Previously, on SGA: Show Me The Money

Previously, on SGA: Show Me The Money

The following covers the meeting on Nov. 28.


Sophomore senator Mia Quintanilla noted that the Maverick lecturer, Mark Shields, was very interesting. Sophomore senator Noelle Barerra pointed out that there were few students in attendance, though the theater was very full of people from the community.


In the final part of the Vice President Series, Gary Logan, vice president for Finance and Administration, and Jim Bradley, chief information officer, took questions from the members of SGA about their respective departments.

Logan discussed how the university decides where to spend money. As a high-labor cost institution, $25 million of the $140 million operating budget is spent on salaries for faculty and staff. Financial aid is the next largest recipient of funding at $15 million, then building maintenance.

Logan reported that half of Trinity’s revenue is from student tuition, 35 percent is from endowments and the remainder is from sources such as donations.

Logan said that CSI has been very positive for the university despite the initial financial investment. Logan also explained that Trinity is unique when it comes to building maintenance because many of the buildings were built at the same time, between 1950 and 1970. This means that currently, many buildings need renovations. Chapman Hall, Halsell Center and the residence halls will be the end of a period of “aggressive renovation” before the construction on campus slows down.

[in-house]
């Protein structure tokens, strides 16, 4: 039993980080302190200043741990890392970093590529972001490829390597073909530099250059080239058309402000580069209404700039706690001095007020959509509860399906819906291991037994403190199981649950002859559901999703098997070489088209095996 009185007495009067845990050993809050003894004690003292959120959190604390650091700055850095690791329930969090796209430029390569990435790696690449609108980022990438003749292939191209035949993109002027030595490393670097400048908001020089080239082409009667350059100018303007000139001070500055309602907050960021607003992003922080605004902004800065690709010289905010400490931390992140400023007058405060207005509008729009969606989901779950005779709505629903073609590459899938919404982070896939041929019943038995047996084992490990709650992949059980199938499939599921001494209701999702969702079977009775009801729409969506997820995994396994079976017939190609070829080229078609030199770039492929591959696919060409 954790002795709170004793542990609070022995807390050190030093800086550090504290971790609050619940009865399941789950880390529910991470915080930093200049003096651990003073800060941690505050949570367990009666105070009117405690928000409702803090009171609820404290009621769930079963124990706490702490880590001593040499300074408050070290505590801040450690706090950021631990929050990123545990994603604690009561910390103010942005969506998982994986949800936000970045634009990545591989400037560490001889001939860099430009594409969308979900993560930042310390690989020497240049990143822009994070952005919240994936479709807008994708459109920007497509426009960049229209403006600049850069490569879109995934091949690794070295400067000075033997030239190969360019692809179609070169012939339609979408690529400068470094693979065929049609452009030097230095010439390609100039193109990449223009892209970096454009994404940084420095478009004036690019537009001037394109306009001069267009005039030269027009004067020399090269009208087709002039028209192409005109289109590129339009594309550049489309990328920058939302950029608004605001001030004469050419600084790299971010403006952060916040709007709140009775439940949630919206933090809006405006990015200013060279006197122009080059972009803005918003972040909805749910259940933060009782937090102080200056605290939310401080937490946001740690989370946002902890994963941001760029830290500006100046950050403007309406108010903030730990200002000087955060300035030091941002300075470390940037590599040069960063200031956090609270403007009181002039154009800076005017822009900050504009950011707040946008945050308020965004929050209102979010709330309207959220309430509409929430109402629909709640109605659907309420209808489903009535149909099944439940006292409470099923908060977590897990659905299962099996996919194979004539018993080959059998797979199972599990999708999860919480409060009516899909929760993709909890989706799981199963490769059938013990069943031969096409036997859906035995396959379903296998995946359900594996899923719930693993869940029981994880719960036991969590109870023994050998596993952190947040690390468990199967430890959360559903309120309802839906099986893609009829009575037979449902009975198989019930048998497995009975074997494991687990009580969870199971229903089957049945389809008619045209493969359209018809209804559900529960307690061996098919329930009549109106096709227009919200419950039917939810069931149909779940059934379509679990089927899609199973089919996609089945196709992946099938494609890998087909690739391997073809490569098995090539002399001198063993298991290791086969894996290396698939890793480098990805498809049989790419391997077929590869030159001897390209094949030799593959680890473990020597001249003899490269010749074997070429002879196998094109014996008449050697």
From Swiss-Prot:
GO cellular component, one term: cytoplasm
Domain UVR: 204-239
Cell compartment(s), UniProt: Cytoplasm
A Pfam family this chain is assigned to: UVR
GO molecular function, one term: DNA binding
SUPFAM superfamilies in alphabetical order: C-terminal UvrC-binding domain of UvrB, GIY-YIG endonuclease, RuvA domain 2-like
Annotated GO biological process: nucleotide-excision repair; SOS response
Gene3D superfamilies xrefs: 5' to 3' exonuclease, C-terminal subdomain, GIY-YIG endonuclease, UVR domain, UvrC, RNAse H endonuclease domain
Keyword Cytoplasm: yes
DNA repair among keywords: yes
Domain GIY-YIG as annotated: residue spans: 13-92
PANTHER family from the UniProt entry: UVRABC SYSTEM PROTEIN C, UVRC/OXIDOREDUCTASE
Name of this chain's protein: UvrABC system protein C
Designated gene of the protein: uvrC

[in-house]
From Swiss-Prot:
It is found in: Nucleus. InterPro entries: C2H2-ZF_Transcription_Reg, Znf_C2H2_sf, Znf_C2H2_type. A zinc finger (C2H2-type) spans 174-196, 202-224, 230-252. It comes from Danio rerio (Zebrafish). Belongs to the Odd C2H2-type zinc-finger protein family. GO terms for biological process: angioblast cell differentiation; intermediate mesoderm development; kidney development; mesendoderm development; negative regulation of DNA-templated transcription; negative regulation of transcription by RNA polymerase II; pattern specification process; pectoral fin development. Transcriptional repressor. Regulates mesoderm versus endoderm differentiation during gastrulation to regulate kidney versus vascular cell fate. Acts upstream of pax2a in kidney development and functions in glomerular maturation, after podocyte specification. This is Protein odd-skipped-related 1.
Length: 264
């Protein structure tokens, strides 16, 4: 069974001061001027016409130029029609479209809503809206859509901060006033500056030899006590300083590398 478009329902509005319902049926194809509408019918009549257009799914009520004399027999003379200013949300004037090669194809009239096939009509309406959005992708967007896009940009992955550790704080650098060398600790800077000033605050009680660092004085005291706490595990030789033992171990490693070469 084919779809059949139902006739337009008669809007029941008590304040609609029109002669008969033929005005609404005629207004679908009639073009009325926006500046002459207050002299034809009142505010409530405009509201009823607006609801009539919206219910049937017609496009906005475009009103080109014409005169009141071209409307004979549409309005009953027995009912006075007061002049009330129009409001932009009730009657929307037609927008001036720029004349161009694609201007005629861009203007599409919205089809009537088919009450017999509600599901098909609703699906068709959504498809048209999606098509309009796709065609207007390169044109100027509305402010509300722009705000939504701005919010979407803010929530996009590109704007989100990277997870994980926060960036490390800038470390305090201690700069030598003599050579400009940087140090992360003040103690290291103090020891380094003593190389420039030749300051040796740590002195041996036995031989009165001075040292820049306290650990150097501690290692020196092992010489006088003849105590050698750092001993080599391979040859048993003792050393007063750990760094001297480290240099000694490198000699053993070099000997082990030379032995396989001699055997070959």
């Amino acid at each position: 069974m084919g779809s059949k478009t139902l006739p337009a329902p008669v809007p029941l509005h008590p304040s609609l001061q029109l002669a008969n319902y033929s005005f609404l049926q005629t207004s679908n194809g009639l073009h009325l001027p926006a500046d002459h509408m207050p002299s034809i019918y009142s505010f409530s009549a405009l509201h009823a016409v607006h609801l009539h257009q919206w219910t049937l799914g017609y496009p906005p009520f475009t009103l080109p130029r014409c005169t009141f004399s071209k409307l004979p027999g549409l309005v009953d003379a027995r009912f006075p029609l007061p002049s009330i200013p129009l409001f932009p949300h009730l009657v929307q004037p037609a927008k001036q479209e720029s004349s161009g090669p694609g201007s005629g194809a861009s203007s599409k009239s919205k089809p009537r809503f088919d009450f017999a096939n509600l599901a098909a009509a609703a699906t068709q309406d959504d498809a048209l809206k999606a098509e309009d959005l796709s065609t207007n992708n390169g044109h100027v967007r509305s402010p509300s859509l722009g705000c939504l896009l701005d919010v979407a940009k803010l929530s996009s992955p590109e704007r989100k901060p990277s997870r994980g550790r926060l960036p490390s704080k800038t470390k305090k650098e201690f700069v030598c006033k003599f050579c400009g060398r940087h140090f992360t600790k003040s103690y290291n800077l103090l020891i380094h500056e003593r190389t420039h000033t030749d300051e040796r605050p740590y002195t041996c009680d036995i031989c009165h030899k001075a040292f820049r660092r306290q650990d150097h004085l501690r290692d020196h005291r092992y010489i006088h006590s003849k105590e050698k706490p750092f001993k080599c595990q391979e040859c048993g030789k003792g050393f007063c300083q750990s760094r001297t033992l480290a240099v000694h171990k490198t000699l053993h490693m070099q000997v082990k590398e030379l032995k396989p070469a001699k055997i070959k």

Logan also spoke about raising tuition, which currently occurs in line with inflation rates. Logan explained that Trinity looks to its peer institutions when considering how much to raise tuition and that they neither want to be the most expensive school nor the cheapest. He described the national picture of tuition increases as deeply concerning and said that there needs to be attempts to change the cost structure to become more efficient.

Bradley discussed many aspects of Trinity’s information services. He touched on how it will be difficult to incorporate City Vista into Trinity’s network because it would require digging a trench across Hildebrand to lay fiberoptic cables for the building. Currently, the building’s services are subcontracted through Time Warner Cable.

Bradley also addressed TLearn and the possibility of switching from Moodle to another learning management system. Bradley pointed out that Moodle is free to use and that 60 percent of faculty are happy with it. Switching to another system would require faculty to spend time to adapt to the new platform, so Bradley explained that the switch would only be made if faculty were interested.

Bradley encouraged students to reach out to him with their comments and concerns regarding technology on campus.


Vice president Rachel Daniel, senior, debriefed the current administration’s on the allocation of the student activity fee (SAF) this year. SGA stayed within the annual budget, approving $686,009.48 in requests from RSOs and USOs with $2,988.27 remaining. Daniel also highlighted SGA’s use of their internal budget, which included co-sponsorships of events like the National Arab Orchestra and funding the menstrual product initiative.